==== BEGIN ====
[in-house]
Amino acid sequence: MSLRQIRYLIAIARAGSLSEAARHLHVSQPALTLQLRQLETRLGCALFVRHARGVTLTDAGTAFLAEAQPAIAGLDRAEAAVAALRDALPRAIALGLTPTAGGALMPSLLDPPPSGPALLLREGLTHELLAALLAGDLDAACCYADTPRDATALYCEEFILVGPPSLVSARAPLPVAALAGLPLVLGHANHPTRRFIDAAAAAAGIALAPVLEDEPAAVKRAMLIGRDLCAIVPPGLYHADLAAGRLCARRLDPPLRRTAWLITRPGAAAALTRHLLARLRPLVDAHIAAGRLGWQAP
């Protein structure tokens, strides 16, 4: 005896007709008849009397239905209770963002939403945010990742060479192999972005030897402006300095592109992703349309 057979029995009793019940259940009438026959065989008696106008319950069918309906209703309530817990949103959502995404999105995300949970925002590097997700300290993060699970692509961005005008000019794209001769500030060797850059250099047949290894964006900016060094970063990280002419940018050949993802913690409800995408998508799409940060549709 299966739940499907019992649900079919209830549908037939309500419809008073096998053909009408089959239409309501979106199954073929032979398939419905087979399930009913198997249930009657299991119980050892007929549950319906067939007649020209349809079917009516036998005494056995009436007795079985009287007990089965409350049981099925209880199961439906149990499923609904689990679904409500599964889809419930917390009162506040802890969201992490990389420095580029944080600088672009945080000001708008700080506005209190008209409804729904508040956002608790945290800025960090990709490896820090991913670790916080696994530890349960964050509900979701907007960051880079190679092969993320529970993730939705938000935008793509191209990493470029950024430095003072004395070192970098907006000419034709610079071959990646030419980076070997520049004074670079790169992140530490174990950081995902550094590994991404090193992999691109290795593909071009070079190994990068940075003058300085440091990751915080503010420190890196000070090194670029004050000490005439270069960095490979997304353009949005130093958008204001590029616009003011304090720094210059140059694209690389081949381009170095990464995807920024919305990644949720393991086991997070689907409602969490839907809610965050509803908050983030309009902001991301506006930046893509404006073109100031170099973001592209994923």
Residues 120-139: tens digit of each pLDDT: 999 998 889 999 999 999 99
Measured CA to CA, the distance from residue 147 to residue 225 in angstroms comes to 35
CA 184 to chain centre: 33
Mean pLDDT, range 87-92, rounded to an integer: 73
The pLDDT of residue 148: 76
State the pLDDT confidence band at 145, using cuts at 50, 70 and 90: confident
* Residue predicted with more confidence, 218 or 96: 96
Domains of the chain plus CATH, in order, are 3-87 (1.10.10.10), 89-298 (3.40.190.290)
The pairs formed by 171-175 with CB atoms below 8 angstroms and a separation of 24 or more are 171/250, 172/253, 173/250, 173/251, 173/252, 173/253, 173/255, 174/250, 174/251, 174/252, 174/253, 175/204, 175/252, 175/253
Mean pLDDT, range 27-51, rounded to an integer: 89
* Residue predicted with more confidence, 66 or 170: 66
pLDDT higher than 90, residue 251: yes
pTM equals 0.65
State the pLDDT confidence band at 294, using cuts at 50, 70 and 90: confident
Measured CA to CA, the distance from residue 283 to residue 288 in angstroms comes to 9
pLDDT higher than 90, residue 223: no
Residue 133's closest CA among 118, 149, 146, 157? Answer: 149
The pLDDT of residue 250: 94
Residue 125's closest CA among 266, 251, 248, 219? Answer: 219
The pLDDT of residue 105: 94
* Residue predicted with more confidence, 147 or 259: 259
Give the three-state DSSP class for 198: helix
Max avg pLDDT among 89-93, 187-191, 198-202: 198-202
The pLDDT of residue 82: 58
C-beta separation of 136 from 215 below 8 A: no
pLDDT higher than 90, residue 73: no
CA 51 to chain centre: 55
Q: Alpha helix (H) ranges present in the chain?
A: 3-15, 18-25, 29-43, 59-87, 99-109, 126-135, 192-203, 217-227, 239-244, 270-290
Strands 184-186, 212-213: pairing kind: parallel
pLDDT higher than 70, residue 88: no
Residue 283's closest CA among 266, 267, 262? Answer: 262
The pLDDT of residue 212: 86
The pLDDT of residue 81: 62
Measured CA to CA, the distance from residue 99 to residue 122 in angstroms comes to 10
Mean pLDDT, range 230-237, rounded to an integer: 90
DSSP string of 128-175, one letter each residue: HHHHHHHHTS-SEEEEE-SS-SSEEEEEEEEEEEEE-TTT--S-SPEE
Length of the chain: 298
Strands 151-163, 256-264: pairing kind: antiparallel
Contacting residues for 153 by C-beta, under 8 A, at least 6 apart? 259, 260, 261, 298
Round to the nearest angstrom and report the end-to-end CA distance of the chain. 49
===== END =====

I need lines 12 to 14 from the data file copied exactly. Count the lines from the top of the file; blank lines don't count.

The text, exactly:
The pairs formed by 171-175 with CB atoms below 8 angstroms and a separation of 24 or more are 171/250, 172/253, 173/250, 173/251, 173/252, 173/253, 173/255, 174/250, 174/251, 174/252, 174/253, 175/204, 175/252, 175/253
Mean pLDDT, range 27-51, rounded to an integer: 89
* Residue predicted with more confidence, 66 or 170: 66